What is Evidence-based Investing?

At Blackdown Financial we use an evidence-based investment philosophy for the portfolios we recommend.

But what does Evidence-based Investing mean? We hope the following is helpful:

Evidence-based investing (EBI) is an investment approach that relies on robust academic research and practical evidence to shape investment decisions. It emphasises using data and scientific studies to inform investment strategies, rather than solely relying on speculation, market trends, or individual opinions.

The key principles of evidence-based investing include:

Diversification: Creating a well-diversified portfolio across various asset classes (such as shares & bonds) to reduce risk and achieve more consistent returns over time.

Efficient Markets: Accepting the concept that markets are generally efficient, meaning that prices already incorporate all available information. Therefore, attempting to consistently “beat the market” through selecting individual stocks or timing the market may not be a reliable strategy.

Risk Management: Recognising that there is a direct connection between risk and return. Investors should understand and manage their preferred level of risk and be aware that higher potential returns often come with higher risk.

Cost Efficiency: Minimising investment costs, such as management fees and trading charges, as these can erode overall returns over the long term.

Behavioural Considerations: Understanding the impact of behavioural biases and emotions on investment decisions. Evidence-based investing encourages investors to remain disciplined and avoid making impulsive choices based on short-term market fluctuations.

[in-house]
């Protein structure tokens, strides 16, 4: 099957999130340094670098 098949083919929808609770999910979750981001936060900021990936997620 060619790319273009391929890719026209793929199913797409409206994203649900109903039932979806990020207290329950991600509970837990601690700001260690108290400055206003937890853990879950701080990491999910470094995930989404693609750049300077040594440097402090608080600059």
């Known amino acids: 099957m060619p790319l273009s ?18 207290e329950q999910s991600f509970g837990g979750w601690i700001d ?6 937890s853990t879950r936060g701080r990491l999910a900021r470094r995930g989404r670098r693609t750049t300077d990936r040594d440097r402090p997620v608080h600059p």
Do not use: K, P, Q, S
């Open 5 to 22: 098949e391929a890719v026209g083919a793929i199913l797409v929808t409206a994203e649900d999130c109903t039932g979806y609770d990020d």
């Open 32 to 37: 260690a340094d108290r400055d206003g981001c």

Long-Term Perspective: Focusing on long-term investment goals and strategies, rather than reacting to short-term market volatility.

Evidence-Based Research: Relying on academic research and historical data to inform investment decisions, instead of relying on speculative predictions or market-timing strategies.

Evidence-based investing is often associated with passive investing, where investors typically invest in low-cost index funds that aim to replicate the performance of a specific market index. This approach contrasts with active investing, which involves attempting to outperform the market through frequent trading and stock selection.

Overall, evidence-based investing aims to offer investors a more methodical and disciplined approach to managing their portfolios, grounded in a strong foundation of research and data analysis, specifically tailored for the UK context.

As always if you have questions, please do let us know.

Warm Regards


Neil Rossiter APFS, Chartered MCSI, CFPCM

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